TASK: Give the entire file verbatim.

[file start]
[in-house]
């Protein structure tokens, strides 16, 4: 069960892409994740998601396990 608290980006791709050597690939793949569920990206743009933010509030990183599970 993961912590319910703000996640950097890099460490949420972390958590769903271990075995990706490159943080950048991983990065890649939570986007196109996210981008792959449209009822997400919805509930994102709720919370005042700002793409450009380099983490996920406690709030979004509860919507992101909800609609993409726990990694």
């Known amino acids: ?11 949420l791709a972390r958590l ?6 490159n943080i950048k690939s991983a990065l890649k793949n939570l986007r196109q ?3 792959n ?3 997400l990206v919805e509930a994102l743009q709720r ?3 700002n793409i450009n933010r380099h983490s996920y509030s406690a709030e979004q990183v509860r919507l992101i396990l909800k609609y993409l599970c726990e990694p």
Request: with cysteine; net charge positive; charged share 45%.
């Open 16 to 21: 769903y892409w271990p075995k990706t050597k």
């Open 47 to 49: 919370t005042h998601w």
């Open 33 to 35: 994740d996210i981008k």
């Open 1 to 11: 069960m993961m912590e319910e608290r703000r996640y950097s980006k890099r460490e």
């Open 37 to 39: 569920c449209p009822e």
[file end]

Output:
[in-house]
């Protein structure tokens, strides 16, 4: 069960892409994740998601396990 608290980006791709050597690939793949569920990206743009933010509030990183599970 993961912590319910703000996640950097890099460490949420972390958590769903271990075995990706490159943080950048991983990065890649939570986007196109996210981008792959449209009822997400919805509930994102709720919370005042700002793409450009380099983490996920406690709030979004509860919507992101909800609609993409726990990694």
């Known amino acids: ?11 949420l791709a972390r958590l ?6 490159n943080i950048k690939s991983a990065l890649k793949n939570l986007r196109q ?3 792959n ?3 997400l990206v919805e509930a994102l743009q709720r ?3 700002n793409i450009n933010r380099h983490s996920y509030s406690a709030e979004q990183v509860r919507l992101i396990l909800k609609y993409l599970c726990e990694p």
Request: with cysteine; net charge positive; charged share 45%.
């Open 16 to 21: 769903y892409w271990p075995k990706t050597k």
């Open 47 to 49: 919370t005042h998601w």
């Open 33 to 35: 994740d996210i981008k």
């Open 1 to 11: 069960m993961m912590e319910e608290r703000r996640y950097s980006k890099r460490e």
């Open 37 to 39: 569920c449209p009822e």